Placental Abruption
Placental abruption is a rare pregnancy complication
(about 1% of pregnancies) that refers to premature
detachment of a normally situated placenta. The
placenta is an organ in the uterus (a hollow organ in
which a baby develops) that links the blood supply of the
mother to the developing baby and by which the baby
can release wastes. In humans, it can occur any time
after the 20th week of gestation. This condition is that
main cause of bleeding late in the pregnancy. Placental
abruption is treated as a serious medical condition due
to the risk of death to the mother and of the baby.
FEATURED BOOK: What to Expect When You're Expecting

Treatment is needed to improve outcome and depends on the stage of pregnancy and the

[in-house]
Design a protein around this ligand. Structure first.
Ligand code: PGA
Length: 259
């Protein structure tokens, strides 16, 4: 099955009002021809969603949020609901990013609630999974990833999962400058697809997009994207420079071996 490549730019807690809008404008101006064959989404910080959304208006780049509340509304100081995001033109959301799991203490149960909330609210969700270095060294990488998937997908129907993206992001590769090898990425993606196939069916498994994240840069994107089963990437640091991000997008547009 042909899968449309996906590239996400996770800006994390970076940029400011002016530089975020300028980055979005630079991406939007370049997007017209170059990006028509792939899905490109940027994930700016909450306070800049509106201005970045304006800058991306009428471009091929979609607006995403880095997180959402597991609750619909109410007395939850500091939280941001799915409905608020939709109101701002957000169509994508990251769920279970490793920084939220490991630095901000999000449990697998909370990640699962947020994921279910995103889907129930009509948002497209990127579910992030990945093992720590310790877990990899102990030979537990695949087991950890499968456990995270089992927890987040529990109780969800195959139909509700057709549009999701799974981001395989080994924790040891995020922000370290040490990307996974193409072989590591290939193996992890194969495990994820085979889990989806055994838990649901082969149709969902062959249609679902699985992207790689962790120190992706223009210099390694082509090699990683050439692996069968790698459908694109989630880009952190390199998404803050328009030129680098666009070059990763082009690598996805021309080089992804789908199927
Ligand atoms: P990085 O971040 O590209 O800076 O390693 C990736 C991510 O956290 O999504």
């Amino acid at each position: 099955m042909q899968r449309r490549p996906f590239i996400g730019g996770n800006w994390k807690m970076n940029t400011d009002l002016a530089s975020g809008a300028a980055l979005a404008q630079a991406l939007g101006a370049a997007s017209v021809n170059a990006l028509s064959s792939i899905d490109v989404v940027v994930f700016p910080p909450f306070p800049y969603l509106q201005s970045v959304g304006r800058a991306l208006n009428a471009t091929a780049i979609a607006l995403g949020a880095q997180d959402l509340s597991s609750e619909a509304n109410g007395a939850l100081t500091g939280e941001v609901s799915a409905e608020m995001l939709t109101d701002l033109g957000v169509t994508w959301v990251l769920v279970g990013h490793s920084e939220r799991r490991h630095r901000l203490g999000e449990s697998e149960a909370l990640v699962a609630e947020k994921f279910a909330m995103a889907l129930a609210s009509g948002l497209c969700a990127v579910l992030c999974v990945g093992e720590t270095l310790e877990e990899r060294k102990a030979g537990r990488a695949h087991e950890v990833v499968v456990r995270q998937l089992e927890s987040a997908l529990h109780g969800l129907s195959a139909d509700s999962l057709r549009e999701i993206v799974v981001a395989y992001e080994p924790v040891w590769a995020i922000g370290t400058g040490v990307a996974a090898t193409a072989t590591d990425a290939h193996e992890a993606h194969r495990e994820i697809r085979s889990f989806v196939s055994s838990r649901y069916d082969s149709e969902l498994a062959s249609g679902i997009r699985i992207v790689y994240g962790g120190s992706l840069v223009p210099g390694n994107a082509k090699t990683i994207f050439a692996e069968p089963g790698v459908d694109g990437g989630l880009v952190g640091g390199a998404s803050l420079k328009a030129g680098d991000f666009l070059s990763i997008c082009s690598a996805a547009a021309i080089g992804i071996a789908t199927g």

seriousness of the condition. Fetal monitoring is sometimes all that is needed. If there are
indications of fetal distress, emergency delivery is often done. There are many factors
that can lead to placental abruption, one of which is pre-eclampsia.  Preeclampsia is a
severe condition that occurs in the 2nd half of pregnancy which is characterized by a
sudden onset of high blood pressure with edema (a type of swelling), and/or abnormal
amounts of protein in the urine. Placental abruption is also known as abruptio placentae.

Placental abruption comes from the Latin word "ab" meaning "away," the Latin word
“rumpere” meaning “to break,” and the Latin word “placenta” meaning “a cake.” Put the
words together and you get “to break away a cake.”
"Where Medical Information is Easy to Understand"™